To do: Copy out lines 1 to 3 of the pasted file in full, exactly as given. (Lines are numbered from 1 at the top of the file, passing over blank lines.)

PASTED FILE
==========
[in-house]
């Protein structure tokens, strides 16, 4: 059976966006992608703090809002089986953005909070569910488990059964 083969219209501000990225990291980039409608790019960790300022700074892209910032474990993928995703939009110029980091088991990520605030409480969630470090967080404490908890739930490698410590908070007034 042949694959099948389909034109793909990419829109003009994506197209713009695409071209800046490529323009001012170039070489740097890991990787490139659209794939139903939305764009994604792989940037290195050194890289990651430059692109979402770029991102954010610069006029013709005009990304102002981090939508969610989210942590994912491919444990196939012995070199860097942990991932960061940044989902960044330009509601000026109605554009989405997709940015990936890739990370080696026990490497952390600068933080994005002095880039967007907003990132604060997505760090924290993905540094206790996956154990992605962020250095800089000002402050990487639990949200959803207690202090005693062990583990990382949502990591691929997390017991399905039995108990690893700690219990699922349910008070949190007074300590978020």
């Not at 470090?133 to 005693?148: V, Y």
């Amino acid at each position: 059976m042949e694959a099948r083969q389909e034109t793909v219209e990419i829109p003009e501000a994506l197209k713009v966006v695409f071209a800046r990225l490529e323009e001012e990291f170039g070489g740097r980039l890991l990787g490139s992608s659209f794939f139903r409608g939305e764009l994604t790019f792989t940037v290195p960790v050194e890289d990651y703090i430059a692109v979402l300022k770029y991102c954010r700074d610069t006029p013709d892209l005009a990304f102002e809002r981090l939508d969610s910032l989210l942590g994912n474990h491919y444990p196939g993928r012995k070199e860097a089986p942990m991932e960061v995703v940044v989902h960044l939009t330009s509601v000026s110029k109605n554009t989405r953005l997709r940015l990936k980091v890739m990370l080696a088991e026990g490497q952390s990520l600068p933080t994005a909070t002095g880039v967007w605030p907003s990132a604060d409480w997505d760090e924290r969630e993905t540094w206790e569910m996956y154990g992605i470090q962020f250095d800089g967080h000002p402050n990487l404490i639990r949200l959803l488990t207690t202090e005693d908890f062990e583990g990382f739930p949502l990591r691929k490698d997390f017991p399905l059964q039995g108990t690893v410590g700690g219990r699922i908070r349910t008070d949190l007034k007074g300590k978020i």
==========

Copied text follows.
[in-house]
């Protein structure tokens, strides 16, 4: 059976966006992608703090809002089986953005909070569910488990059964 083969219209501000990225990291980039409608790019960790300022700074892209910032474990993928995703939009110029980091088991990520605030409480969630470090967080404490908890739930490698410590908070007034 042949694959099948389909034109793909990419829109003009994506197209713009695409071209800046490529323009001012170039070489740097890991990787490139659209794939139903939305764009994604792989940037290195050194890289990651430059692109979402770029991102954010610069006029013709005009990304102002981090939508969610989210942590994912491919444990196939012995070199860097942990991932960061940044989902960044330009509601000026109605554009989405997709940015990936890739990370080696026990490497952390600068933080994005002095880039967007907003990132604060997505760090924290993905540094206790996956154990992605962020250095800089000002402050990487639990949200959803207690202090005693062990583990990382949502990591691929997390017991399905039995108990690893700690219990699922349910008070949190007074300590978020």
């Not at 470090?133 to 005693?148: V, Y």